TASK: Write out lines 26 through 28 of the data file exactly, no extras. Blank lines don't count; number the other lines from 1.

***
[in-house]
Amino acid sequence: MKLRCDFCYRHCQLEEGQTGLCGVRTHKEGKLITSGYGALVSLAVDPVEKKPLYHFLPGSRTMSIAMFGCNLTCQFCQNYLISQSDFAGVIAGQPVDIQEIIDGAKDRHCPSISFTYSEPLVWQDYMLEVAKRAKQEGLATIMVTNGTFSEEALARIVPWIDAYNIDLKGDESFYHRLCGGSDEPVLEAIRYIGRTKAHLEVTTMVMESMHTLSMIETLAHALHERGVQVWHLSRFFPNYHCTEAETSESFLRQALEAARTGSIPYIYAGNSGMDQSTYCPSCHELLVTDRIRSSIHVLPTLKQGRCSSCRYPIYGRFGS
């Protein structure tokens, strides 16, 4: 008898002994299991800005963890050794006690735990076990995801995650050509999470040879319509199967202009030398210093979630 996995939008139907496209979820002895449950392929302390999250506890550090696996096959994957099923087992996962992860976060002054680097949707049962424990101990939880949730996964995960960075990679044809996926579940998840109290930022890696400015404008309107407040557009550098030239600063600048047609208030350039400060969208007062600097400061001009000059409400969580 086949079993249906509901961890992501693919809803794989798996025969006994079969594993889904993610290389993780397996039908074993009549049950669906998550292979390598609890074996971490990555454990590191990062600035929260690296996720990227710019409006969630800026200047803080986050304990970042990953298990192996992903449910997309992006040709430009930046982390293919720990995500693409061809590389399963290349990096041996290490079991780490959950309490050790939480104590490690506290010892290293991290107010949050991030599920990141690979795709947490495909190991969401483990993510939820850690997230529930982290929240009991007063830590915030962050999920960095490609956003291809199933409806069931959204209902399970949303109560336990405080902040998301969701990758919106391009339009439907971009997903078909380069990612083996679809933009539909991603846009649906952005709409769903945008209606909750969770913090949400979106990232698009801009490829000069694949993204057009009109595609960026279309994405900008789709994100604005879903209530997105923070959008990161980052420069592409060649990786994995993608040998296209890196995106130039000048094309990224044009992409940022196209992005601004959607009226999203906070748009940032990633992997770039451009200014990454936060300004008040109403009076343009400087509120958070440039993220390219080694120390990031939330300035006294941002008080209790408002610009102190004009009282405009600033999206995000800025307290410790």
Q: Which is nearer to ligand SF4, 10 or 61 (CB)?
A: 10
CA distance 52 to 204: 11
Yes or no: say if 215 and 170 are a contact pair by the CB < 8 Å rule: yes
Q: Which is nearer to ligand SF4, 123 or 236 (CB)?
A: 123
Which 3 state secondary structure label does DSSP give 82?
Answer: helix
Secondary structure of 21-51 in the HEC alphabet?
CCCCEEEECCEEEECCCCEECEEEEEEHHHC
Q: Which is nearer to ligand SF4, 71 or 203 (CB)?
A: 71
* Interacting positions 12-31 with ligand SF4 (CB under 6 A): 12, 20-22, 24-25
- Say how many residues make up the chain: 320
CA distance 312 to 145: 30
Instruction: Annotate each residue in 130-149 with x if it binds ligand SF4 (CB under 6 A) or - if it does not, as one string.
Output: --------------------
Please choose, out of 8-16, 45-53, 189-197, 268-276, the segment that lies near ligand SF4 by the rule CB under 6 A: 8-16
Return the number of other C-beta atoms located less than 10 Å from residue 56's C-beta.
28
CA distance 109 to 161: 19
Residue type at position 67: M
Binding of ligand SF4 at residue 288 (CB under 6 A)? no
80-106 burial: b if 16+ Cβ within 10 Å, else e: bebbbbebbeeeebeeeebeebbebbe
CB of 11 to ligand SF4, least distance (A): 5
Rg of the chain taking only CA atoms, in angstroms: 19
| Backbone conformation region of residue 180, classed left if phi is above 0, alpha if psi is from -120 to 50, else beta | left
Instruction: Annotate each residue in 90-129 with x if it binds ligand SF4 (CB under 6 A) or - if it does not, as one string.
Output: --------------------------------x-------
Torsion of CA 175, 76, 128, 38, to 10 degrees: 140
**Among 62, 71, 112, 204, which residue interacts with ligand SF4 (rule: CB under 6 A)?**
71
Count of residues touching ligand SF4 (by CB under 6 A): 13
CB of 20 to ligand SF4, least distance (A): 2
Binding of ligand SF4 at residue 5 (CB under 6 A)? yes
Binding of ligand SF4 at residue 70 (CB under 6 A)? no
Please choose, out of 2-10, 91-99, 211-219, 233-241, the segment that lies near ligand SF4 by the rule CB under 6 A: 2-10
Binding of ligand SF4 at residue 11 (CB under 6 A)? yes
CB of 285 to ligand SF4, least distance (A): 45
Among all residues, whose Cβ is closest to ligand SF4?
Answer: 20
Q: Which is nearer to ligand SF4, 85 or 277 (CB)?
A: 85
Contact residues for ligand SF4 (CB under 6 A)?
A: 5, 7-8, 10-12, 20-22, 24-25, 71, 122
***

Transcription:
Binding of ligand SF4 at residue 288 (CB under 6 A)? no
80-106 burial: b if 16+ Cβ within 10 Å, else e: bebbbbebbeeeebeeeebeebbebbe
CB of 11 to ligand SF4, least distance (A): 5